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Erddig

A Grade I Listed Building in Marchwiel, Wrexham

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Coordinates

Latitude: 53.0273 / 53°1'38"N

Longitude: -3.0065 / 3°0'23"W

OS Eastings: 332592

OS Northings: 348249

OS Grid: SJ325482

Mapcode National: GBR 75.F864

Mapcode Global: WH894.S5JK

Plus Code: 9C5R2XGV+WC

Entry Name: Erddig

Listing Date: 9 June 1952

Last Amended: 3 December 1996

Grade: I

Source: Cadw

Source ID: 1533

Building Class: Domestic

Location: Situated c3km W of Marchwiel, reached from a series of by-roads running E from the A483. Set within an extremely fine landscaped park of C17 and C18 character.

County: Wrexham

Community: Marchwiel (Marchwiail)

Community: Marchwiel

Locality: Erddig

Traditional County: Denbighshire

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Wrexham

History

Original house built for Joshua Edisbury by Thomas Webb, freemason of Middlewich, Cheshire in 1683. In 1716 the house was acquired by John Meller of London who extended it, probably in two close but separate building campaigns, by adding double wings to each side. In 1733 the house passed to the Yorke family and in the 1770s a major phase of alteration was undertaken. The brick W front was remodelled and faced in stone by local architects J & W Turner working to a design attributed to James Wyatt; some interior rooms were remodelled at the same time using craftsmen associated with Wyatt. The lay-out has not been substantially changed since then and the retention of many of the earlier features reflects the antiquarian and genealogical interests of the Yorke family. The house was acquired by the National Trust in 1973 and a major phase of restoration was carried out during the 1970s by Robert Heaton of the Anthony Clark Partnership.

Exterior

East front: Red brick with stone dressings and string courses, slate roof hipped to central block, stone chimneys. 2 storeys with basement and attic. Windows are generally 12-pane sashes with casements to the basement. Near-symmetrical elevation which consists of central 9 window block with central pedimented entrance with steps leading up to it, above is a window with a stone architrave, and stone balustrading in the parapet. There is a range of 7 dormer windows in the steeply pitched roof. This block is flanked by 2-window wings with stone quoins, stone plinth to these and central block. Outermost 3-window wings of brick of slightly different colour have sashes to first floor, ground floor left side has a range of 3 bullseye windows with 9-pane sashes below, right hand range ground floor relates to the chapel and has a single bullseye window with a square-headed window beneath it on each side of a tall central arched window. The window levels do not match the inner wings.

W front refaced in ashlar in severe late C18 Neoclassical style; ashlar plinth, 3 storeys. Upper 2 storeys have 12-pane sash windows, ground floor 9-pane sashes. Central projecting 9-window pedimented block flanked by 6-window ranges; the central block has central entrance with doorcase with attached Ionic columns. Perron stone stairs with cast-iron swept handrail. The left hand return side has an entrance with stone doorcase.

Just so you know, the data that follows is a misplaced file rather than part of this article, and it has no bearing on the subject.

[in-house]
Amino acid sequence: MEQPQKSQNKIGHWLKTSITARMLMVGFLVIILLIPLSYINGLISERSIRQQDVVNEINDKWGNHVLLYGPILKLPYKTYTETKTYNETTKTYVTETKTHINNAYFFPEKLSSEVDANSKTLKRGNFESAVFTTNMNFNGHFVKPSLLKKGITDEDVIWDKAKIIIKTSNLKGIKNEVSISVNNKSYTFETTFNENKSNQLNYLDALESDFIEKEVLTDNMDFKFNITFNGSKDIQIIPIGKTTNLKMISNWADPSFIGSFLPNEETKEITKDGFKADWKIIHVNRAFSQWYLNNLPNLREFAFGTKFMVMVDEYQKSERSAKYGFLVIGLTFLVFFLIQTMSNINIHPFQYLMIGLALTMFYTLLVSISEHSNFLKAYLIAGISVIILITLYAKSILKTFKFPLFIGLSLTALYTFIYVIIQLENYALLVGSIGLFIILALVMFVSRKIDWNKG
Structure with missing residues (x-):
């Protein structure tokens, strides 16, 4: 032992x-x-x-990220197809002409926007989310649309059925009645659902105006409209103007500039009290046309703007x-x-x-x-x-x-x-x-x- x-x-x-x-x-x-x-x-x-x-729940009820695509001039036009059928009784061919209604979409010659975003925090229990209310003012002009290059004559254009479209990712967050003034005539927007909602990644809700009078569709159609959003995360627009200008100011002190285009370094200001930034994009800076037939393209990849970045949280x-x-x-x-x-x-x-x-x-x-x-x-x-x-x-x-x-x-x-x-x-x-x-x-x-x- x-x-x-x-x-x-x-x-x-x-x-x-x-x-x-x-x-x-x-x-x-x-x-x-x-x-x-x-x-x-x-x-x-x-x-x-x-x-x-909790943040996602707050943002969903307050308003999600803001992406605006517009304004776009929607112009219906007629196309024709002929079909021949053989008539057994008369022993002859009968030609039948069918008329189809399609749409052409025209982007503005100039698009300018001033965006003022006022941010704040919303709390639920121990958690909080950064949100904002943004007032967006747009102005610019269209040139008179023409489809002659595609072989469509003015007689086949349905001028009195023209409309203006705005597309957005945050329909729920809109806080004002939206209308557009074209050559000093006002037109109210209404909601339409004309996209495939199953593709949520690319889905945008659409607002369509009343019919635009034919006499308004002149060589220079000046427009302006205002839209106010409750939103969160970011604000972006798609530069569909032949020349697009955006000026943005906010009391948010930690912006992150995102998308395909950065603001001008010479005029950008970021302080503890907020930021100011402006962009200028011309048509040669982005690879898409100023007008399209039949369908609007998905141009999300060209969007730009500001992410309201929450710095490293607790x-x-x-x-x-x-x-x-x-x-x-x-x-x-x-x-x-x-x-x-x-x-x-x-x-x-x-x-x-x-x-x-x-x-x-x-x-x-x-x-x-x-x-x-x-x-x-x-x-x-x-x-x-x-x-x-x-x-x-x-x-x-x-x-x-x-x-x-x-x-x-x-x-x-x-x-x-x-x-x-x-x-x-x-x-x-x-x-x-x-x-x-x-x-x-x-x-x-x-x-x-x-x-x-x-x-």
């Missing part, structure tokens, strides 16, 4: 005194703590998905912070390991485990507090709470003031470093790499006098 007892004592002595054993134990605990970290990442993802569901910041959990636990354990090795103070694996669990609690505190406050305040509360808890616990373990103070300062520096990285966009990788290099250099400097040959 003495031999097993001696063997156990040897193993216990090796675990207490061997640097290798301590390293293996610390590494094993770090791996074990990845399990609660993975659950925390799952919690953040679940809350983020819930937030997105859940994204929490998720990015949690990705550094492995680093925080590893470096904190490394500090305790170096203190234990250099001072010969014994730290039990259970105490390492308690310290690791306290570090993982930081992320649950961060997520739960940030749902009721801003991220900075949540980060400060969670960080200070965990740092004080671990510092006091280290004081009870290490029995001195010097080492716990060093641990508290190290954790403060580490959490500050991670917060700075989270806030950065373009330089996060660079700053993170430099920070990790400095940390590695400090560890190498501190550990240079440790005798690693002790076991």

Interior

The present arrangements originated with the late C18 remodelling though many rooms, particularly those on the W side retain earlier panelling. Patent decorative tin ceilings were introduced to some rooms as a fire precaution in the early C20. The ground floor has a suite of rooms on the W side consisting of entrance hall and drawing room both decorated in late C18 Neoclassical style with plaster friezes by Joseph Rose & Co and chimneypieces by John Devall the younger. Library to the N. Entrance hall leads to main staircase on left and back stair to right. Rooms on the E side consist of an oak-panelled saloon; the dining room to S contains a decorative scheme by Thomas Hopper in 1826 containing Doric screens with scagliola columns and a severe Greek Revival coffered ceiling. 2 rooms to the N of the saloon are known as the Tapestry Room and Chinese Room. The latter has roundels of rare C18 Chinese handpainted wallpaper affixed to the walls. This room leads to the family pew in the chapel. Change of level down to the chapel which has furnishings of various C18 dates, some brought from elsewhere. The walls are decorated with a stencilled scheme of 1907-9. Of the windows two are C18 windows by Joshua Price incorporating medieval glass which were brought from Wimpole Hall, Cambridgeshire in the early C20. Upper floor consists of suites of bedrooms on each side of a central long gallery which runs EW giving views of the formal gardens to the E and landscape park to W. The state bedroom on the N side has hand-painted Chinese wallpaper of late C18 date. To the S nurseries now staff accommodation, to the N a suite of family rooms now used for storage and offices. One of these has a fragment of wallpaper designed by Walter Crane. The attic has servants bedrooms.

The basement level has rooms off a long corridor and preserves an axis with family rooms to the N and service rooms to the S. The entrance from the W forecourt leads to a former billiard room known as the Tribes Room which was decorated late C18 with coats of arms of noble Welsh families. Other rooms include the butler's pantry with C18 fittings and fixtures, and the servants hall. Rooms in the S wing include accommodation for the housekeeper and agent. The kitchen range is separately listed.

Reasons for Listing

Listed grade I as a country house with late C17 origins and phases of early C18 and late C18 work including well-preserved interior schemes. It relates to an unusually well-preserved early C18 formal garden and a late C18 landscaped park.

Group value with kitchen, stable, buildings of the estate yard and listed garden structures.

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